First off, test your broadband speeds. You can use a speedtest.net app. Stand next to your router and see what the speeds are and then run the speed test again when you’re in your office. “The actual speed your router connects to the internet at ranges from, say, 5Mbps to 500Mbps and typically you would want 25Mbps or better. 

If you’re at the lower end of this range, you are likely to suffer and limiting the number of devices that talk to the internet at any point in time will help a lot. If you’re at the higher end of the speeds then, while you have plenty of internet bandwidth, there may be other limiting factors,” says Nicolai Landschultz, managing director of CEDIA member company, IndigoZest.  

How to Get the Fastest Connection

“Take every step to make sure you have the fastest connection to your router,” explains Rob Sutherland, managing director of CEDIA member company, Inspired Dwellings. The closer your devices are to the router the better. 

“A general rule is that if you double the distance between the router and device, speed decreases by one-third of its original strength. Objects, such as metal or water, can also act as a signal block. Wireless booster, repeaters and wired connections will all help,” says Rob.

“A direct wired connection between your router and devices via an Ethernet (RJ45) cable will always be faster.” As such, for self-builders, or those taking on major remodelling projects, it can pay to consider including a wired infrastructure throughout your new home from the outset, or at least prioritise the inclusion of ethernet cabling to key rooms, such as the living room and office.

Ethernet Home Plugs

The good news for other is that you don’t have to go through the upheaval of installing CAT 6 wires — ethernet home plugs can, for example, be used to extend your broadband connection into your home office. Most ethernet home plugs now come with wireless capabilities too, which means that you can have a wireless network in your office for your phone, laptop, printer and iPad, for example.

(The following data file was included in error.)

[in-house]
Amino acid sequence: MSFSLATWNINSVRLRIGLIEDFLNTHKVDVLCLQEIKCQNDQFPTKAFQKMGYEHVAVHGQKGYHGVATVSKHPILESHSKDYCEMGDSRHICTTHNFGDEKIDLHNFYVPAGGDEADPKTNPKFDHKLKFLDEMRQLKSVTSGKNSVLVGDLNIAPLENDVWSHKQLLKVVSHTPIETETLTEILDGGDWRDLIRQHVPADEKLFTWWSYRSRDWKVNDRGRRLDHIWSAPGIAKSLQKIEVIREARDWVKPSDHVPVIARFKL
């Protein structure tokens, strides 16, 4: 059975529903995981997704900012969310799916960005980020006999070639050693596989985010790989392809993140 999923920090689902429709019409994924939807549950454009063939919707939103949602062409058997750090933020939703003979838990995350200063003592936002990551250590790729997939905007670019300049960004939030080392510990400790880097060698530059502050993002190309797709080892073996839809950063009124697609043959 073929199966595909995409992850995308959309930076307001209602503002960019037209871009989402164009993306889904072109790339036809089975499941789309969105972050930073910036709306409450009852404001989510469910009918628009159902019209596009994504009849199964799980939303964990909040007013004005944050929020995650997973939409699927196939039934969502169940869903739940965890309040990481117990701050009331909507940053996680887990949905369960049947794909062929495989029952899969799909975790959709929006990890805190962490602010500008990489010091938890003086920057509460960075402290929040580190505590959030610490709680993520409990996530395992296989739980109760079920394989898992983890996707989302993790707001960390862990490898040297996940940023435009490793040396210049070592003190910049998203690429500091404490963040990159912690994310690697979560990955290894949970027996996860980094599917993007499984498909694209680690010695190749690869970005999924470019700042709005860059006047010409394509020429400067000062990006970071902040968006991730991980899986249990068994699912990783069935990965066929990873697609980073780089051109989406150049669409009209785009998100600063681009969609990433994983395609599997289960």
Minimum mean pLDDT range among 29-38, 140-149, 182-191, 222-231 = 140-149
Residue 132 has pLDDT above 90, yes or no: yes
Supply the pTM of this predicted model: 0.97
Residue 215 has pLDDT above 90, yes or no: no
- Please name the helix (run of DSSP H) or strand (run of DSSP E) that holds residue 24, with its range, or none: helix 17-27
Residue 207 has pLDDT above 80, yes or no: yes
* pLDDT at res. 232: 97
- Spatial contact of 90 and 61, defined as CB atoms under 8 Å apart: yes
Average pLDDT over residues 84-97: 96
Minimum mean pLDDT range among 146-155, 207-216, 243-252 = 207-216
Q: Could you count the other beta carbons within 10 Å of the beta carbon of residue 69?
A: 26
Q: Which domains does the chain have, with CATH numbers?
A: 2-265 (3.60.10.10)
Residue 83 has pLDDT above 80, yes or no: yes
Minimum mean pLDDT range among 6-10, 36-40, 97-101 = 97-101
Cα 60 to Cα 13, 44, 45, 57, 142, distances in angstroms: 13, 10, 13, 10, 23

Wiring a Garden Office

If you have a garden office then a wireless repeater (also known as a wifi extender) could be an option. Introduce the wireless repeater (which plugs into your mains and relays a wireless signal) half way between the home office and the router at a point where the signal is still strong — put it as close to the garden as you can get; in your kitchen for example. The repeater then repeats the strong wireless signal into the garden office.

Home office with blind at window

(Image credit: Blinds2Go)

Think about Electrics in Your Home Office Design

Well designed home office

This home office designed by Dot Architecture doubles as an office and reading nook/play area. As the self-builders planned for this space from the outset, electrical sockets were introduced at desk height to power a desktop computer. (Image credit: Simon Maxwell)

It’s amazing how much of the tech you have will need plugging in or charging at some point so bear this in mind if your home office is going to be in an already functioning room with a TV, games console, lamps etc already using sockets. 

If you’re self-building or remodelling then you might want to think about sockets and where you want your desk when planning your home office design. 

Adding new sockets to an existing circuit would require a Minor Works certificate to certify that the work has been carried out and tested to the BS7671 (IEE wiring regulations) standards. 

If the electrical work involves a new circuit (i.e. you’re building an extension that would put too much strain on one circuit) or a new consumer unit (if you’re renovating and rewiring a property), or if the work is carried out in a new dwelling, then you’d need an Electrical installation certificate. 

(MORE: Electrics - The Basics)

Incorporate Comfortable Furniture in Your Home Office Design

Ergonomic home office furniture